[Screen It]


(2004) (Joaquin Phoenix, Bryce Dallas Howard) (PG-13)

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Suspense/Thriller: Old-fashioned members of an isolated and simple village must contend with what appear to be incursions of monsters from an adjacent forest.
Somewhere in the middle of the immense and thick Covington Forest exists a small village of old-fashioned people leading a simple life. Led by a group of elders including Edward Walker (WILLIAM HURT), August Nicholson (BRENDAN GLEESON), Alice Hunt (SIGOURNEY WEAVER) and others, the villagers work hard in their self-sustaining hamlet. No one ever leaves or visits due to reports of monsters in the woods that won't enter the village's perimeter as long as its inhabitants don't enter theirs.

Yet, Alice's adult son, Lucius (JOAQUIN PHOENIX), wants to do just that, but only to obtain medicine from a nearby town that might help save some of the inhabitants in the future. Everyone is against the idea, particularly when some livestock end up being killed and skinned, seemingly as a warning to stay out of the woods.

Not everyone is disappointed that he doesn't get to go, however, especially Edward's blind adult daughter Ivy (BRYCE DALLAS HOWARD). Since Lucius turned down her sister's romantic intentions, Ivy -- who's something of a tomboy and good friends with Noah Percy (ADRIEN BRODY), the village's mentally challenged resident -- is now determined to make the reserved Lucius hers.

With increasing incursions from the creatures in the woods, however, they have something more important to focus on than love. And when a person is severely injured and needs medicine that can only be found in an outside town, one of the villagers must make their way through the woods and contend with a potentially dangerous or deadly encounter with one of the beings.

OUR TAKE: 4 out of 10
While most film directors like to explore a variety of genres and filmmaking styles, a few retread the same material or storytelling techniques or elements for some or all of their careers. Considering that M. Night Shyamalan has only helmed five films so far in his, it's probably too early to identify let alone declare a definitive filmmaking archetype on his part.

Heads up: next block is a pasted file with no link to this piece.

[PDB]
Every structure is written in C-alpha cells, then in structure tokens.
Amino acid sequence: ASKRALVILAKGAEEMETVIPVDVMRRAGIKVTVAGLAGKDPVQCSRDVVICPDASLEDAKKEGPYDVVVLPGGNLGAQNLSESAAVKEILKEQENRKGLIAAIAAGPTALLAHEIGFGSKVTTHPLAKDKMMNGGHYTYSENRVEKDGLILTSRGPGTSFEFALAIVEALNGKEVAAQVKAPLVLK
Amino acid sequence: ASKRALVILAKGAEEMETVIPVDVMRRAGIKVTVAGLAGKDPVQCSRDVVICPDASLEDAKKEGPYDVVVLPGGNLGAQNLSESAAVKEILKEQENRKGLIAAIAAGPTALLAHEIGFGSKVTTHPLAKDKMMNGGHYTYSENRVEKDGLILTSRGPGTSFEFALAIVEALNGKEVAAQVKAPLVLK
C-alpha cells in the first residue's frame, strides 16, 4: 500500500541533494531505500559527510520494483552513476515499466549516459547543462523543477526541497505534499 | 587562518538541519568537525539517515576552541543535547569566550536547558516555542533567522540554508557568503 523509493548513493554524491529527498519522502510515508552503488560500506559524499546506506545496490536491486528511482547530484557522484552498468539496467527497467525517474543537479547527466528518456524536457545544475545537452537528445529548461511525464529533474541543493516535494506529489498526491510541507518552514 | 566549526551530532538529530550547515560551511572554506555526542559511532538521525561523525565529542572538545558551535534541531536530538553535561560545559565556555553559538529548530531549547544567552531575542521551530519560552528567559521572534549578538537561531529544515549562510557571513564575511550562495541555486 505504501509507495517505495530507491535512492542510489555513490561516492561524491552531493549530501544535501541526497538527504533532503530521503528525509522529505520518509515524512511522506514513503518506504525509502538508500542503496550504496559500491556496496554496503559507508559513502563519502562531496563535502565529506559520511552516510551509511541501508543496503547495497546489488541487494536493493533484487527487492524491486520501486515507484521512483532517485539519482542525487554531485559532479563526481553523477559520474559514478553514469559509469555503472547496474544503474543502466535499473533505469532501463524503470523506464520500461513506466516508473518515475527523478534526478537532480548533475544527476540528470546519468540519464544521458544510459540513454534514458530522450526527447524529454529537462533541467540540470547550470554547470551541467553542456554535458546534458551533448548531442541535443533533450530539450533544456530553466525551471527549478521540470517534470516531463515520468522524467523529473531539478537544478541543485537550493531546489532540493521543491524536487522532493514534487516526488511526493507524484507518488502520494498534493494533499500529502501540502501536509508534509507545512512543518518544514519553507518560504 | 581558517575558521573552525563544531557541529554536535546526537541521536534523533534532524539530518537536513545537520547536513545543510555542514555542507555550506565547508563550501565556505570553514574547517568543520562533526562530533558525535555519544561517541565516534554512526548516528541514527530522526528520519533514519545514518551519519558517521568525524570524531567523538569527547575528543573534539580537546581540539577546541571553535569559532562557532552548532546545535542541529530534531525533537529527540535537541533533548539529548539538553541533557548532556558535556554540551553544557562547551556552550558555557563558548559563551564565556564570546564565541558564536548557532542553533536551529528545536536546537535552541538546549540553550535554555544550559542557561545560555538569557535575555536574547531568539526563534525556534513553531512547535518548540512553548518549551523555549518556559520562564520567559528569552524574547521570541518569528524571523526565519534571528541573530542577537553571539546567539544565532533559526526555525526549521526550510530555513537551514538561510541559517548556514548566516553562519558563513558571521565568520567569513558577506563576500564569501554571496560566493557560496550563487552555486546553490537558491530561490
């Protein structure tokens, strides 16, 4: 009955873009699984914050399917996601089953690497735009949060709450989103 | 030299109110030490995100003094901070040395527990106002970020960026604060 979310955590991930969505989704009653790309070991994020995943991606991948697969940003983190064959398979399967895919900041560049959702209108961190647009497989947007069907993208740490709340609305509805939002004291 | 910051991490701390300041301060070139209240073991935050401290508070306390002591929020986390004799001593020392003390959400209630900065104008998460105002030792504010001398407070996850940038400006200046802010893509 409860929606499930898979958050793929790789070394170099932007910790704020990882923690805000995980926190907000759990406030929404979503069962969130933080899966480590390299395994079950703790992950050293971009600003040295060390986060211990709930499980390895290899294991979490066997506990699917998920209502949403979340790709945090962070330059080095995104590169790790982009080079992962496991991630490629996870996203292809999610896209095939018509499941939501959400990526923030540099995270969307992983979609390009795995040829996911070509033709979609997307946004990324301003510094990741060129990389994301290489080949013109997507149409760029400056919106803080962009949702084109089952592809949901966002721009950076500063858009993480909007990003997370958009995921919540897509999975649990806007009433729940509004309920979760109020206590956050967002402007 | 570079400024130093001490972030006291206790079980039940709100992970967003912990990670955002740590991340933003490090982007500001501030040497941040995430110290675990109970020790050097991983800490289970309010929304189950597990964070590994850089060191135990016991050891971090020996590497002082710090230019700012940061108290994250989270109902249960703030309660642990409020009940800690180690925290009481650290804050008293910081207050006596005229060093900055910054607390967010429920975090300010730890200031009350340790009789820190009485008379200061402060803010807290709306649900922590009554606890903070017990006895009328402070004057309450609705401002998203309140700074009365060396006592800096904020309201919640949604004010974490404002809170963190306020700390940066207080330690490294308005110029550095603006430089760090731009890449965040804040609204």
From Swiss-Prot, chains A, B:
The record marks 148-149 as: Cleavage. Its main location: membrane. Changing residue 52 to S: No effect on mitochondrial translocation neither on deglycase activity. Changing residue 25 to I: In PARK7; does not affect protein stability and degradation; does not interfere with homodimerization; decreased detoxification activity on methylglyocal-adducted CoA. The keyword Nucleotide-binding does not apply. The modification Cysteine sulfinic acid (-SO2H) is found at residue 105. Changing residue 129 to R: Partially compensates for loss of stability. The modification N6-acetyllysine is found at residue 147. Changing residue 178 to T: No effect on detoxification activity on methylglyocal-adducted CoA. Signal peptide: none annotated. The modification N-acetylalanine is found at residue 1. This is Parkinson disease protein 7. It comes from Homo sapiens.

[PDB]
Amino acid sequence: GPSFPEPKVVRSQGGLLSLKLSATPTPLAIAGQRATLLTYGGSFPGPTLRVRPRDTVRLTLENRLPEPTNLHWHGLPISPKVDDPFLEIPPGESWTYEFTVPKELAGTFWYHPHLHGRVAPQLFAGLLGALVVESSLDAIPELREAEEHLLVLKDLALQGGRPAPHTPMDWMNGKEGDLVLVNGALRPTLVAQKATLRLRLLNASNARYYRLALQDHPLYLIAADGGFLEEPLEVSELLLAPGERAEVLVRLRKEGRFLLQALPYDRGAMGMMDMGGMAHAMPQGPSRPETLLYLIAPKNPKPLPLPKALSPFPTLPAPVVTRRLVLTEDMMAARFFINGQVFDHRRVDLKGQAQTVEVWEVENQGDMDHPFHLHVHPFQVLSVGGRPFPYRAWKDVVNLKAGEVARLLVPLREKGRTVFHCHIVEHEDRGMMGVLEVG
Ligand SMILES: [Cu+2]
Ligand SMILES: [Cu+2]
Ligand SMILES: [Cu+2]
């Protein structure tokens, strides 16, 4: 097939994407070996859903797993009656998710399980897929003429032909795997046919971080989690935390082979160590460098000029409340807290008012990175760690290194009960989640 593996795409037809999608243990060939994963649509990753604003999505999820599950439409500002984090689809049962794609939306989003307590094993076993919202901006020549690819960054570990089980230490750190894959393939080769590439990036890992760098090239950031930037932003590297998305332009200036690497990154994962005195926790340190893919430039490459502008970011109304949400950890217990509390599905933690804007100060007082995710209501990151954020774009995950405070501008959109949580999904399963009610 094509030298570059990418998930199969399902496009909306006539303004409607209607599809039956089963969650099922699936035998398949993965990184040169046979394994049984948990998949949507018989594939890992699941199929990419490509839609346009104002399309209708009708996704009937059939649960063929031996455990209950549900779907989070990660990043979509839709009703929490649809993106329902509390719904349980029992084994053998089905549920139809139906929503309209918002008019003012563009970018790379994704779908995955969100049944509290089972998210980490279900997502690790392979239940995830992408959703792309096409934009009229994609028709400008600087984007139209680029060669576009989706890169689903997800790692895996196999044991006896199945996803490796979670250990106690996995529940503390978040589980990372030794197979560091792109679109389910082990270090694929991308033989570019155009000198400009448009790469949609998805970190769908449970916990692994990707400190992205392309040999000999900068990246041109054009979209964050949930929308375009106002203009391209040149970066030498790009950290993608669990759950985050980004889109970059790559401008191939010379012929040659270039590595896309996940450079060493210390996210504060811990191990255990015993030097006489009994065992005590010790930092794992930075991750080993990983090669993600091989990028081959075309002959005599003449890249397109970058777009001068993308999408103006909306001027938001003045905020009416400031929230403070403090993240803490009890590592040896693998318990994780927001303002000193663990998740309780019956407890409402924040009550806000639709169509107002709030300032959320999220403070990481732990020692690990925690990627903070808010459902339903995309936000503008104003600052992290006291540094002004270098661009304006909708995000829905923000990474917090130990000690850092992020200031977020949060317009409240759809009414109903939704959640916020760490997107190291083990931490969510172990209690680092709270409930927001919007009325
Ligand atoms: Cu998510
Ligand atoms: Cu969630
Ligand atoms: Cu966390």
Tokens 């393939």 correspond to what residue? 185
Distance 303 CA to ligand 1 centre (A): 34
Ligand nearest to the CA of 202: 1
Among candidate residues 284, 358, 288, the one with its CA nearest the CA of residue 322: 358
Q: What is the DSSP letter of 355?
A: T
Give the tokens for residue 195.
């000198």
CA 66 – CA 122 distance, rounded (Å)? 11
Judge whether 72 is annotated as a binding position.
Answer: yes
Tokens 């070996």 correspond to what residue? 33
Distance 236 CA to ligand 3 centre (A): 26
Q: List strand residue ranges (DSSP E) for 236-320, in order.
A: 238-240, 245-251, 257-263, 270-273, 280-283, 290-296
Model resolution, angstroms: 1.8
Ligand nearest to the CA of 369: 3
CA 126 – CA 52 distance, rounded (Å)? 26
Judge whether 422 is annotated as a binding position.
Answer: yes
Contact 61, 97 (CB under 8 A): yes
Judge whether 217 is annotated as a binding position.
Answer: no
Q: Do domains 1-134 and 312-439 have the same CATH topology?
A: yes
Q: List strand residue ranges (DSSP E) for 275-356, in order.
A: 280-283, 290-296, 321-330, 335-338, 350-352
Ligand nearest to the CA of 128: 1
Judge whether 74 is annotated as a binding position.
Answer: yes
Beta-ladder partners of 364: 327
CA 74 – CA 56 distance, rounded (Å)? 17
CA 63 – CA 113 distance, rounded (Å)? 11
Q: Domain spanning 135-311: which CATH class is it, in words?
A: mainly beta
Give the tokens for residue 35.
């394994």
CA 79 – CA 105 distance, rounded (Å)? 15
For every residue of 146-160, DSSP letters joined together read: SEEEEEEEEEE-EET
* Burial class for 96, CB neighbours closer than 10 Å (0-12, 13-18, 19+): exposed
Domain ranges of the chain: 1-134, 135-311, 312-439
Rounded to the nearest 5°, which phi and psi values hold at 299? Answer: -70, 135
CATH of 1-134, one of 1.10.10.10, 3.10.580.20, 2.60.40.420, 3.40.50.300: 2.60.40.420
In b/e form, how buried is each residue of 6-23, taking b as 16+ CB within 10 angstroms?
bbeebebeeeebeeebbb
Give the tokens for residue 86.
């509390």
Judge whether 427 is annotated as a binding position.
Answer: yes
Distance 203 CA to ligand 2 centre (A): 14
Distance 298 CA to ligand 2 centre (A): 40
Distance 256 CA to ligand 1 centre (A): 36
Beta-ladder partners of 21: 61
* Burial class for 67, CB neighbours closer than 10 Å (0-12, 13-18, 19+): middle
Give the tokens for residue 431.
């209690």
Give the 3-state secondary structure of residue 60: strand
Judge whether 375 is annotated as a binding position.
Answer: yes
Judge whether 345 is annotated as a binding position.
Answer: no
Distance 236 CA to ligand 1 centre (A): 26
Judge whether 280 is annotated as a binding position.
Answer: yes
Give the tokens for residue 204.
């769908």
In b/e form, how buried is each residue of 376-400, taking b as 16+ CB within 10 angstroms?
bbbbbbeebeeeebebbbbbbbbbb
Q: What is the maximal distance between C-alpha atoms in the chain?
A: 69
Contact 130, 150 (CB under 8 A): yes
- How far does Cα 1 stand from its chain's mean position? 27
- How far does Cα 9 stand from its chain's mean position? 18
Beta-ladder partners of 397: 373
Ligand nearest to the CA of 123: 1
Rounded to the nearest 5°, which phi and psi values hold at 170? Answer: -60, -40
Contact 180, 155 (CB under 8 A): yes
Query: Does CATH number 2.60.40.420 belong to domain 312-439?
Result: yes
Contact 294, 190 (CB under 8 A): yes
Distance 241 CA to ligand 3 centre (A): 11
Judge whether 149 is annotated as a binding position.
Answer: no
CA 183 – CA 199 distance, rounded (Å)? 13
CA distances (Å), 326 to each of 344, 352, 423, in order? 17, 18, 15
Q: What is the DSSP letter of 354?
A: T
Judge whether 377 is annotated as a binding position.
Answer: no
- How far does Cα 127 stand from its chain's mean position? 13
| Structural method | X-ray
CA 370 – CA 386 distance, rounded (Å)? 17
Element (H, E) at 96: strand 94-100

Yet, when you consider that his last three films have been suspense thrillers with surprise and/or twist filled endings, we're starting to see a pattern. While I won't give them away in case you haven't seen any of them, both "Unbreakable" and "Signs" tried to match the knock your socks off revelation at the end of "The Sixth Sense," a spooky film that clearly put Shyamalan on the Hollywood map.

Neither was as successful, but the writer/director is undeterred and back to his old games in his latest film, "The Village." While I obviously won't give away the ending, this technique is beginning to wear thin. That's not only due to the preposterous twist that occurs here, but also because viewers now expect it from him. As a result, the "shocking" revelations or developments aren't that shocking since people know they're coming and are on the lookout for them and any clues that might reveal the secret before it's unveiled. It's really no way to watch a movie and it's certainly no way to make a film (at least not repeatedly).

All of which is too bad since the picture -- like those other efforts -- has a certain spooky aura to it that will likely goose viewers, who are in the mood to be scared, in just the right way. That is, at least for a while and only for parts of it. To be truthful, the majority of the film isn't that scary or even suspenseful. It certainly won't be that way at all upon any potential second viewing once the secret is known. That's especially true compared to "The Sixth Sense" that might not have that revelatory punch the second time around, but still has an incredibly creepy aura to it.

In essence, the ending is much like the mostly unseen figures in the woods, known here as "Those of who we don't speak" (although for such a rule, they certainly do talk a lot about them). We know both are lurking out there and Shyamalan prods and pokes at us to draw our attention to them. Unfortunately, both turn out to be a major letdown and the filmmaker even bungles his way -- and misses some golden opportunities for some much needed additional scary material -- through two revelations.